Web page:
[00:31:44] There are there are practices that will help make this child’s joining of your family much more successful. What typically happens is is that no it’s an emergency. We didn’t have time to plan this. You know the foster parents are with right now just called and said get them out right now or bringing them late leaving them in your office which is a horrible horrible horrible thing for me to say but it happens. And so you get a child that’s unprepared for the move. Who’s scared to death. And you don’t have much information so requesting and then demanding information upfront and immediately as quickly as possible. If you when you say yes the other thing is is that they call and say well you know Mrs. Jones we really need to bring this child right now. We know you have an empty spot that this child would fit in. And Ms Jones says you know I think I need to call my husband. Talk to him a little bit about it. Not to say you know if can you get him in five minutes. Do they put pressure on you. Because there are not enough foster homes. So the bottom line are aren’t desperate to place with those families who have an opening. And that’s that’s a terrible way to place children. We should be looking at who this child is who this family is where this family strong strong points of this child need. Let’s match them up you know but that’s a luxury the system across this country does not have now because we have too few families opening their homes to these kids.


[00:33:45] Yeah yeah. And so the reality is is so very often we heard over and over it is you’re getting a call it is an emergency there’s urgency behind it and they need a place to put the child and all of you are in tents which are to make this a reasoned decision. Let’s do this gradually let’s make this in the best interest of the child. And let me get as much information so that I know that this will be a long term placement a good fit for our family. All of those go out the window. And so it’s something that I think it behooves us to think about at least go in without the Pollyanna expectation and then perhaps we will be less disappointed when that happens. But there is a way that you do get the emergency call which as you said is more typical than not. So the next day what do you do then to start trying to get information. To talk in a minute about what to do with the child how to incorporate and to help this child transition. But can you get. How do you create a sense of urgency with your caseworker to get as much information after the child is already placed with you so that you can better meet this child’s needs.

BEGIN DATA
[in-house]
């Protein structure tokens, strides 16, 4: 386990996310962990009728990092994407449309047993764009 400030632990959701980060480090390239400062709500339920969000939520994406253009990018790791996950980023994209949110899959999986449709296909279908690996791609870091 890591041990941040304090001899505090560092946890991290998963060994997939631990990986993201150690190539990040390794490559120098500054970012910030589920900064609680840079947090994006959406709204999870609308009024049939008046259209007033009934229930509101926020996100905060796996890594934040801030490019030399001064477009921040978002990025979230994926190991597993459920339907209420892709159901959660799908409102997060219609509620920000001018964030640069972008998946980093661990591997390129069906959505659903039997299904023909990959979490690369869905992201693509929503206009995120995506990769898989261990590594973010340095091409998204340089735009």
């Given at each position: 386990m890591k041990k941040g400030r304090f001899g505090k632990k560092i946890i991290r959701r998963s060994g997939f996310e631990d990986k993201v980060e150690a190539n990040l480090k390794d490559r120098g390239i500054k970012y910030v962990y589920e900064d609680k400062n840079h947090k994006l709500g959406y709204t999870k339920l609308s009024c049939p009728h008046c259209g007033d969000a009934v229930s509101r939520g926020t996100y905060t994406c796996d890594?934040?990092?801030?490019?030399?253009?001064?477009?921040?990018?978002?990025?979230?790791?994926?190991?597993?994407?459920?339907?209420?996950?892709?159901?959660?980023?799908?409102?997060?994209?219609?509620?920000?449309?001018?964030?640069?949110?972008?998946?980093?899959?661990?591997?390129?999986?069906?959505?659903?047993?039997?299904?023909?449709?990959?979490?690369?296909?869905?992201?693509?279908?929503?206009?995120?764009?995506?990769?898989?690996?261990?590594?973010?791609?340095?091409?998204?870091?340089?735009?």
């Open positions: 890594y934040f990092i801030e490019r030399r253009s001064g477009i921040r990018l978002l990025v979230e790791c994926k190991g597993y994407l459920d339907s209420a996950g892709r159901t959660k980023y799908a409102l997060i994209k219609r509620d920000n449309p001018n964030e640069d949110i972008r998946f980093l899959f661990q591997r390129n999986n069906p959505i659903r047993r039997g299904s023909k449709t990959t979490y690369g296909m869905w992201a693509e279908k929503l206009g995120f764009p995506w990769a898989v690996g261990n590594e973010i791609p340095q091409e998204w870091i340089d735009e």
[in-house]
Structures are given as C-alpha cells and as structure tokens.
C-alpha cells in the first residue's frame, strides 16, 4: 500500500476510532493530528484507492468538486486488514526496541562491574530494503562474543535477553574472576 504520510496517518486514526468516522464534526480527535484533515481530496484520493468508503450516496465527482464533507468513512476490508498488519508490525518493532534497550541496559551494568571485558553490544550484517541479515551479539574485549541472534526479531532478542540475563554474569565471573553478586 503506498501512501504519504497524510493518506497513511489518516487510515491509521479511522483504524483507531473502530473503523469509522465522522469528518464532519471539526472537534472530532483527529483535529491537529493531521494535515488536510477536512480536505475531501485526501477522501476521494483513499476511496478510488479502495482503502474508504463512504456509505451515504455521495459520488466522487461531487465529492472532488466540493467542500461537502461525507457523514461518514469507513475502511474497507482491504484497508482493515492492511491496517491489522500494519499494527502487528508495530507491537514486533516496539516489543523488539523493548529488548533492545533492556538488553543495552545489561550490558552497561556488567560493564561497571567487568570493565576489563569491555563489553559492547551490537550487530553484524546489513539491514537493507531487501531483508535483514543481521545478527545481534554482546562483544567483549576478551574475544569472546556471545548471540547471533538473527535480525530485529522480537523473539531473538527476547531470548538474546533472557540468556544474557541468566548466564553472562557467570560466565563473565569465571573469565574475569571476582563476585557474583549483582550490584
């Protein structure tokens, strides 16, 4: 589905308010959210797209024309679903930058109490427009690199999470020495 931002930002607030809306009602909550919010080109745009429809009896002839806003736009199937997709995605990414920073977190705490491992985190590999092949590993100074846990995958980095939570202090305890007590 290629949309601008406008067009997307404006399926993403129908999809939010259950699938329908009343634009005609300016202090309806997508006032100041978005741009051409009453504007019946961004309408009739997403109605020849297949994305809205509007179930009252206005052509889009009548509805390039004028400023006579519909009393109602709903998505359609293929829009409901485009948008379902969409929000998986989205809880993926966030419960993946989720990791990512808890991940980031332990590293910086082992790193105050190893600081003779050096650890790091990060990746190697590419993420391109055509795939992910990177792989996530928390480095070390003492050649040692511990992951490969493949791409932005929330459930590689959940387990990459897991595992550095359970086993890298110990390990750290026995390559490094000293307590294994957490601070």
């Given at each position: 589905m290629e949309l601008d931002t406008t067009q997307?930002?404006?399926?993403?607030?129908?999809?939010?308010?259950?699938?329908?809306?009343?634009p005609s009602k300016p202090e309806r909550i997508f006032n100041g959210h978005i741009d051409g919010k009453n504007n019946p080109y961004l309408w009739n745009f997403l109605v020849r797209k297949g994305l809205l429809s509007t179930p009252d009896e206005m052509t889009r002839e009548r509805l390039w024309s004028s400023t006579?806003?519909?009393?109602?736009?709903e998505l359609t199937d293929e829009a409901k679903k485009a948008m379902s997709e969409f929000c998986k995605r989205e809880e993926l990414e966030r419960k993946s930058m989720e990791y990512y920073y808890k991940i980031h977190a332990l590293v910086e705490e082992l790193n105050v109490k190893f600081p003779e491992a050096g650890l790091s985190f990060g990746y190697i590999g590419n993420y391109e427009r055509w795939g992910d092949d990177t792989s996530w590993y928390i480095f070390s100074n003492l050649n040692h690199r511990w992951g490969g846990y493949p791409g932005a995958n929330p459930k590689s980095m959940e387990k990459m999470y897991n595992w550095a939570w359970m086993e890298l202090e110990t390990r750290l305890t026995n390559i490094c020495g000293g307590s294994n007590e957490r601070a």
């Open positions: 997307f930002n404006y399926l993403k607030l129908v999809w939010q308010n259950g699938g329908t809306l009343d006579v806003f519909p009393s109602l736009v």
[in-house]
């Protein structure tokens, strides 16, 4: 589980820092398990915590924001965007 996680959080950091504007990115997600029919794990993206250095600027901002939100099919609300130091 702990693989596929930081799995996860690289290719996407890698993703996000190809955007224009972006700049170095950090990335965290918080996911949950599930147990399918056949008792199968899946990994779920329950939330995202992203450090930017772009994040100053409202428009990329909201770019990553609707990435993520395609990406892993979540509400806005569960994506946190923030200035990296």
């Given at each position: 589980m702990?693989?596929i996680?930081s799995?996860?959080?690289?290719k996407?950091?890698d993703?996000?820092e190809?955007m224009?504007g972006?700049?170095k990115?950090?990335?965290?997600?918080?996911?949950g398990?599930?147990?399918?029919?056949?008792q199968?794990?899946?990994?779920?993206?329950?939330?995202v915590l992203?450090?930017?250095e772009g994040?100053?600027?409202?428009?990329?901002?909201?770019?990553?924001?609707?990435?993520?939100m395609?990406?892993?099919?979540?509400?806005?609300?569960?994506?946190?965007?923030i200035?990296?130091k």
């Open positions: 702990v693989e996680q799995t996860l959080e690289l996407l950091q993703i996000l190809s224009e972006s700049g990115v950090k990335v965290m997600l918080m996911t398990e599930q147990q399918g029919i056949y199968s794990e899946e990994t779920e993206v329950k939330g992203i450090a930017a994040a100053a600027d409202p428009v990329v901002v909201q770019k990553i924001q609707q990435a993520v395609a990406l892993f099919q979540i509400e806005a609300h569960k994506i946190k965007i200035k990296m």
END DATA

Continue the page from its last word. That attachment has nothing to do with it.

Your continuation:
[00:35:05] Well that’s the thing. This is a new placement than the placements probably being made by an investigator. So they don’t follow that child once the child is placed in a foster home. Typically another type of worker gets assigned a case worker at that point. Yeah. So then it might they don’t know who that’s going to be yet. And so you could gall and say well is that what we have signed order yet but somebody has to know something enough to talk to me about this child. Lono don’t you have you know we don’t have you don’t have work you have to wait. And two weeks later they still have a worker. So again it is going up the chain of command knowing that you can find out you know call whoever agency it isn’t say let me speak to a supervisor of this the unit that this child is going to be in. If you don’t get satisfaction there let me speak to that person. The supervisor is a supervisor because I have to have information. I want to do a good job with this child. My family wants this child to be successful. I need to have information and I need it now to treat them as was respectful as you can because you want to be treated with respect to. So sometimes it’s really hard to not get angry and say the system is broken you know and don’t really care about this child went off most of the time they’re really doing the best they can but they’ve got much staff turnover too that they don’t even have a worker to assign.